Nebraska Debt and Bankruptcy Blog

Nebraska Debt and Bankruptcy Blog

Has Wells Fargo Committed Bankruptcy Fraud?

Posted in Bankruptcy Fraud, Chapter 13, Chapter 7, Credit Cards


Wells Fargo Bank has admitted to opening millions of customer accounts and credit card accounts without customer authorization since 2005.  Stories have emerged of a bank gone wild where employees working in an intense sales culture felt pressured to open new accounts to meet sales quotas.

Wells Fargo has agreed to pay $185 million in fines to the Consumer Financial Protection Bureau.

So what happens when customers file bankruptcy on credit card accounts fraudulently opened without any authorization?  Naturally, Wells Fargo filed bankruptcy Proof of Claims with the court itemizing the amounts not legally owed.  And that reality leads to the next logical question:  Has Wells Fargo committed bankruptcy fraud for filing false proof of claims?

False Claims—18 U.S.C. § 152(4):

A person who…knowingly and fraudulently presents any false claim for proof against the estate of a debtor, or uses

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Time to Tax Carpetbagger Debt Buyers?

Posted in Credit Cards, Default Judgment, Garnishment, Junk Debt


Junk debt buyers are the modern version of a post Civil War carpetbagger as they suck money out of every county in the State of Nebraska without contributing anything in return.  I cannot think of a single positive thing these debt collectors contribute to our state.

Junk debt buyers typically purchase defaulted credit card accounts for about 3 to 7 cents on the dollar.  Common debt buyers include Midland Funding, Portfolio Recovery Associates, Calvary Portfolio Recovery, Cach LLC, Asset Acceptance LLC, and many others.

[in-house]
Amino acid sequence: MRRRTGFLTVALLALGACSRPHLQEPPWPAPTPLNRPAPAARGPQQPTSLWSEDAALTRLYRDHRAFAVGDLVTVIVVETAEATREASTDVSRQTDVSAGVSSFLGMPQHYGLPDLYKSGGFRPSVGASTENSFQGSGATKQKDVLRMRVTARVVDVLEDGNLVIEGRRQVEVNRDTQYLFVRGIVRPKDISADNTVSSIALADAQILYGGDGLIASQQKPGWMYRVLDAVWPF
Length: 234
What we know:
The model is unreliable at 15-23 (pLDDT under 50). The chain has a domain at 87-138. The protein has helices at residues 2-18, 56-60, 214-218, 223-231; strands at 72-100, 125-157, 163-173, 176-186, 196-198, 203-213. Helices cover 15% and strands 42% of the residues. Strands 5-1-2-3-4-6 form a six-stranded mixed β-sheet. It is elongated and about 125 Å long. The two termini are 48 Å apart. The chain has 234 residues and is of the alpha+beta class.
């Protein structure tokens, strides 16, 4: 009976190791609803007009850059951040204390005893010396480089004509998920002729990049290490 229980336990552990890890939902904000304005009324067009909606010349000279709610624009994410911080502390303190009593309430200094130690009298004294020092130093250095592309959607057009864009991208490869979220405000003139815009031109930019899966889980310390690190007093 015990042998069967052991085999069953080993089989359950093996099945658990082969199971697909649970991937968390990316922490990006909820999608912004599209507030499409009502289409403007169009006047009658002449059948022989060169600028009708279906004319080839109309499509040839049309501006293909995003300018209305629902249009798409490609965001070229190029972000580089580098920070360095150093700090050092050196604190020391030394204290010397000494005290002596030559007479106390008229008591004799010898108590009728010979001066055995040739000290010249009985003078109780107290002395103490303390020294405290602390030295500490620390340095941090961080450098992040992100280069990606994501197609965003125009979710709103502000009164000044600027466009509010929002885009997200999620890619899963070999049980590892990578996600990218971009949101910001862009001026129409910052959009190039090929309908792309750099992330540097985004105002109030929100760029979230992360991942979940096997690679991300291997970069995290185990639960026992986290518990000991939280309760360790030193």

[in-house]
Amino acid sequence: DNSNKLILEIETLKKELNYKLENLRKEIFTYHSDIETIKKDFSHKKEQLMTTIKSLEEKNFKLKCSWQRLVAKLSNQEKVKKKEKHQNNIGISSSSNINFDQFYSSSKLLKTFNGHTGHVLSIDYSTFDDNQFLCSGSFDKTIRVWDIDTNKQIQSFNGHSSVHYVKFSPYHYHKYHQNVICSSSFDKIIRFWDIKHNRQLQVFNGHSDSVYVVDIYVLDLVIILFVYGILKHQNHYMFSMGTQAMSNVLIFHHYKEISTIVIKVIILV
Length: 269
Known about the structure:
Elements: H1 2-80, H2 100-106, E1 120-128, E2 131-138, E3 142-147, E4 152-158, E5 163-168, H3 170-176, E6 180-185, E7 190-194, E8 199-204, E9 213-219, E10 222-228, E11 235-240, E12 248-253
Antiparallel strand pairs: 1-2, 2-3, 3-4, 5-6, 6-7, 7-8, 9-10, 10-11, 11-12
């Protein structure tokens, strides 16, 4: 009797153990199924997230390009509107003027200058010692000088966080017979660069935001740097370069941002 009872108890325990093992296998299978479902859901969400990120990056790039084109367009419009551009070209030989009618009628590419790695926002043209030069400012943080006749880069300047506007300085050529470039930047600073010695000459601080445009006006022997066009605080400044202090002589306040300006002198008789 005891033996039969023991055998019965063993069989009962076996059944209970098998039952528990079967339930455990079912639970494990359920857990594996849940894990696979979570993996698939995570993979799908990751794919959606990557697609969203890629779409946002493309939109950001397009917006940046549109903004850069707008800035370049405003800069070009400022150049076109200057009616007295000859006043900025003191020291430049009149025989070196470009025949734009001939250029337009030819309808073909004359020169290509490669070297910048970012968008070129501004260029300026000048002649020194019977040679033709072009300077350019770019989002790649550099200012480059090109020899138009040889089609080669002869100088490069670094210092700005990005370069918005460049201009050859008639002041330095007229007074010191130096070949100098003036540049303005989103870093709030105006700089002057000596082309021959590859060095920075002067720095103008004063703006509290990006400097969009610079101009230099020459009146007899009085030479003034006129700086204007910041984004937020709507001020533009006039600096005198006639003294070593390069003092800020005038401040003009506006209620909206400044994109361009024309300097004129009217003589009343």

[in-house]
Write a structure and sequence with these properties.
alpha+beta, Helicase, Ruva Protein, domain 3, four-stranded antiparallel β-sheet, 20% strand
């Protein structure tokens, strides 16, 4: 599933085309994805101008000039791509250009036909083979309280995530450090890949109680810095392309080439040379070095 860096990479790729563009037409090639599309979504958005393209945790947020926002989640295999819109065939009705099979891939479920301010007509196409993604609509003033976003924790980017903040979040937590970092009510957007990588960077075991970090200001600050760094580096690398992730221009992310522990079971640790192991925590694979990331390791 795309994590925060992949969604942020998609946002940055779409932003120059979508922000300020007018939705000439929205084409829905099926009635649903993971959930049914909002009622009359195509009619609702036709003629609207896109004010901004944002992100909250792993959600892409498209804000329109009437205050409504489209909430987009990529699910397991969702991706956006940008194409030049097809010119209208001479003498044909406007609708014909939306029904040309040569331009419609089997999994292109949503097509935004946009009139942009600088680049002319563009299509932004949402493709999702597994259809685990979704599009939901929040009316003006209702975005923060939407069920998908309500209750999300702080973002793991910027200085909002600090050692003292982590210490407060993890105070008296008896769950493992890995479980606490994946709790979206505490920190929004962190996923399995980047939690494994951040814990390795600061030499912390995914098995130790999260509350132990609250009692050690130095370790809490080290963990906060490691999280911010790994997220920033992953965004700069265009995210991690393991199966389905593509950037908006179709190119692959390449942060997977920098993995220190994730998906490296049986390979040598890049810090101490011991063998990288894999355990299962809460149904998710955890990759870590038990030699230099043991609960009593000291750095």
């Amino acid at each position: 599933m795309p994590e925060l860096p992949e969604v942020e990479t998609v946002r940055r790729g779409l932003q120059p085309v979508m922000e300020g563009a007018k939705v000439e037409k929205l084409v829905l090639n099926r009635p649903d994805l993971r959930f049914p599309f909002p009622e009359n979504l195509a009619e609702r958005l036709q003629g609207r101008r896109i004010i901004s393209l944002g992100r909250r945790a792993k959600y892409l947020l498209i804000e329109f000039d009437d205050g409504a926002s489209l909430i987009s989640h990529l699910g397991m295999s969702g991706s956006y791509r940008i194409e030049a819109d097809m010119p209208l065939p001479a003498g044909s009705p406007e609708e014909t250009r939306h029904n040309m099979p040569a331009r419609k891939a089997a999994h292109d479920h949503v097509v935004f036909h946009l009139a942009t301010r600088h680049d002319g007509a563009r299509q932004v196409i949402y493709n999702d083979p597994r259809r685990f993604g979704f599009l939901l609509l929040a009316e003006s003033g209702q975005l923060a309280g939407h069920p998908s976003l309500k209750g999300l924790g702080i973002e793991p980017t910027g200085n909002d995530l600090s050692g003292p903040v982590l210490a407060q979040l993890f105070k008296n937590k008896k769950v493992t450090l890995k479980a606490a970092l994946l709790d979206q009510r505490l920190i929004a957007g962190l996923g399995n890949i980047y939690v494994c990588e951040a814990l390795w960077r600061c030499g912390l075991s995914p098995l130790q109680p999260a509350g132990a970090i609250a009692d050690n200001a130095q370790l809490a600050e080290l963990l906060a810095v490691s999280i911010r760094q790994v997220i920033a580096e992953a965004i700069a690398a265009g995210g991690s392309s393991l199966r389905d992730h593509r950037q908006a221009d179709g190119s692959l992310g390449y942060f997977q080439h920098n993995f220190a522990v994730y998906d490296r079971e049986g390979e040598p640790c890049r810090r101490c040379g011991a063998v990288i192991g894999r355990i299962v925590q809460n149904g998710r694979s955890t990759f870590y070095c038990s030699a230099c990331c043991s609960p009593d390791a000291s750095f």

Debt buyers clog our courts with collection lawsuits.  In a sense, the debt buyer is in a race to recover its investment before the debtor is garnished by another creditor or files bankruptcy, so they are quick to file lawsuits after acquiring the debt.

Most junk debt buyers are located outside the State of Nebraska.  Consider the damage they do to our state:

  • Nebraska courts are

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Dave Ramsey’s Debt Snowball

Posted in Budgeting, Chapter 7, Credit Cards, Credit Counseling, Uncategorized

Dave Ramsey

The most famous name in the getting out of debt industry is Dave Ramsey.  As a young man Dave himself was in a pile of debt and wound up filing bankruptcy. The pain of that experience lead him on a quest to learn about personal finance and he began a career in advising others how to get out of debt.

I’m a talk radio/podcast junkie.  I don’t care what the topic is as long as it is interesting.  Dave Ramsey is the host of a nationwide talk show and it played on the radio as I was driving home.  So, as I counseled clients every day about how to file bankruptcy, I would listen to Dave on the way home explaining how to avoid it.  Gosh, was I doing my clients wrong by not teaching them the tough road out of debt that Dave advocated?

The hallmark

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Riding Through the Chapter 7 Backdoor: A Story of Car Loans in Bankruptcy

Posted in Chapter 7, Reaffirmation Agreement


There is a lot of chatter going on among Nebraska bankruptcy attorneys about reports of court hearings where debtors are being told they can keep a car even if they choose not to reaffirm the car loan as long as payments are kept current.